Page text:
Article

Obesity associated genetic variation in FTO is associated with diminished satiety.

Health Behavior Research Centre, University College London, Gower Street, London WC1E 6BT, United Kingdom.
Journal of Clinical Endocrinology &amp Metabolism (Impact Factor: 6.31). 07/2008; 93(9):3640-3. DOI: 10.1210/jc.2008-0472
Source: PubMed

ABSTRACT Polymorphisms within the FTO gene have consistently been associated with obesity across multiple populations. However, to date, it is not known whether the association between genetic variation in FTO and obesity is mediated through effects on energy intake or energy expenditure.
Our objective was to examine the association between alleles of FTO known to increase obesity risk and measures of habitual appetitive behavior.
The intronic FTO single nucleotide polymorphism (rs9939609) was genotyped in 3337 United Kingdom children in whom measures of habitual appetitive behavior had been assessed using two scales (Satiety Responsiveness and Enjoyment of Food) from the Child Eating Behaviour Questionnaire, a psychometric tool that has been validated against objective measures of food intake. Associations of FTO genotype with indices of adiposity and appetite were assessed by ANOVA.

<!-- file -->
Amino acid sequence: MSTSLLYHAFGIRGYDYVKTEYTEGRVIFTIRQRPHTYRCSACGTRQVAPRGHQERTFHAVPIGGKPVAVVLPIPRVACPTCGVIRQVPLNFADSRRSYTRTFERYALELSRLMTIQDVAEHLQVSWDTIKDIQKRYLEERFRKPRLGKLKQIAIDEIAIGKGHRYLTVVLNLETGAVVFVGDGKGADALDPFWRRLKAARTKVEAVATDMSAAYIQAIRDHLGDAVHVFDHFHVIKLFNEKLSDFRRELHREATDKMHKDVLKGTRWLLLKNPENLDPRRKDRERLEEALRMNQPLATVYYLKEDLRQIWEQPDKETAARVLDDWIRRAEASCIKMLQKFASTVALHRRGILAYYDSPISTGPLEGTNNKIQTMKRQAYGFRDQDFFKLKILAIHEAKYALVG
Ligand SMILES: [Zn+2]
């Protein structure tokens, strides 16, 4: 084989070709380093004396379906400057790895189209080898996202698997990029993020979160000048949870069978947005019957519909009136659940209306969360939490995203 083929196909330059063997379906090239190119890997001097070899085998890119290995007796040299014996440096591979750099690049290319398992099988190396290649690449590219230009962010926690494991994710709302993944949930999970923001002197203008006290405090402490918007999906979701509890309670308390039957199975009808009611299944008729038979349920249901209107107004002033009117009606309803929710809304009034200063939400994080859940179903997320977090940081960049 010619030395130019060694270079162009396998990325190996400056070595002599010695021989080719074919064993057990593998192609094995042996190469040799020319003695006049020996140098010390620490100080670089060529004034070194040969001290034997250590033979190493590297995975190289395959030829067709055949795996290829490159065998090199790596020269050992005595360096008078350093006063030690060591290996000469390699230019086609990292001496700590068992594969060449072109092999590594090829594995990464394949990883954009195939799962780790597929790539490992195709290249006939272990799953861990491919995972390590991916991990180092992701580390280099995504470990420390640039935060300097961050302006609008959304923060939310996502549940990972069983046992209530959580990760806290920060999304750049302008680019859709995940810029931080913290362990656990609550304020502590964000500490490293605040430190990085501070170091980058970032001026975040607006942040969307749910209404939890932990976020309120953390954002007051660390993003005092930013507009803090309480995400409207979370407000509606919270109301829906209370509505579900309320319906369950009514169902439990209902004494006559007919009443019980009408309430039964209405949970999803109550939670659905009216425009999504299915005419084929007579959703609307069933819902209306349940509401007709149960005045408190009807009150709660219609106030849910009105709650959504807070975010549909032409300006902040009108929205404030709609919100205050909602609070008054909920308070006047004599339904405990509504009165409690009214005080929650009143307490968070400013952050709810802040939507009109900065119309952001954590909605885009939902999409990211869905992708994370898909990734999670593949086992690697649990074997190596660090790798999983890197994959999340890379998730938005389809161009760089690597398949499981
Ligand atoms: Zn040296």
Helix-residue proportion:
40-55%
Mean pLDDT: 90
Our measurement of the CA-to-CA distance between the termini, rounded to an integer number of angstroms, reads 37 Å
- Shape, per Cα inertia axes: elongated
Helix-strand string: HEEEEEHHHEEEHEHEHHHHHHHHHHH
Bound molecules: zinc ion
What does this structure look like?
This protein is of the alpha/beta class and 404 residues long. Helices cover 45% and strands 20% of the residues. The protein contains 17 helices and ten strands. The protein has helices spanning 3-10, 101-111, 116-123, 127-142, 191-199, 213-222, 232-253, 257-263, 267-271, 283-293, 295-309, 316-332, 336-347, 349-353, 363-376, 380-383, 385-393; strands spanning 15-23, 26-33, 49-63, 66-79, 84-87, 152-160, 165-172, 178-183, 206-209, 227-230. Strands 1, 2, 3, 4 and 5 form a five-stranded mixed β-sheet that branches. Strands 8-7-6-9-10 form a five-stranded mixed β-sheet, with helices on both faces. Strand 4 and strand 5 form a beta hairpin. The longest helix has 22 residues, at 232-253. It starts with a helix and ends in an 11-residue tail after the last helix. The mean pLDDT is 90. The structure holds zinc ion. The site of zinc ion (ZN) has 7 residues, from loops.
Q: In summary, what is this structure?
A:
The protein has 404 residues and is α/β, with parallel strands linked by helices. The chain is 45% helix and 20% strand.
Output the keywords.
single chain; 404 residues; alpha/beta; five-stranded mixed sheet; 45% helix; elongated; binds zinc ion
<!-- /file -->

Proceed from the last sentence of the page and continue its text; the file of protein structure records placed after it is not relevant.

As expected, the A allele was associated with increased adiposity in this cohort and in an independent case-control replication study of United Kingdom children of similar age. AA homozygotes had significantly reduced Satiety Responsiveness scores (P = 0.008, ANOVA). Mediation analysis indicated that the association of the AA genotype with increased adiposity was explained in part through effects on Satiety Responsiveness.
We have used a unique dataset to examine the relationship between a validated measure of children's habitual appetitive behavior and FTO obesity risk genotype and conclude that the commonest known risk allele for obesity is likely to exert at least some of its effects by influencing appetite.

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Available from: Susan Carnell, Jun 27, 2015
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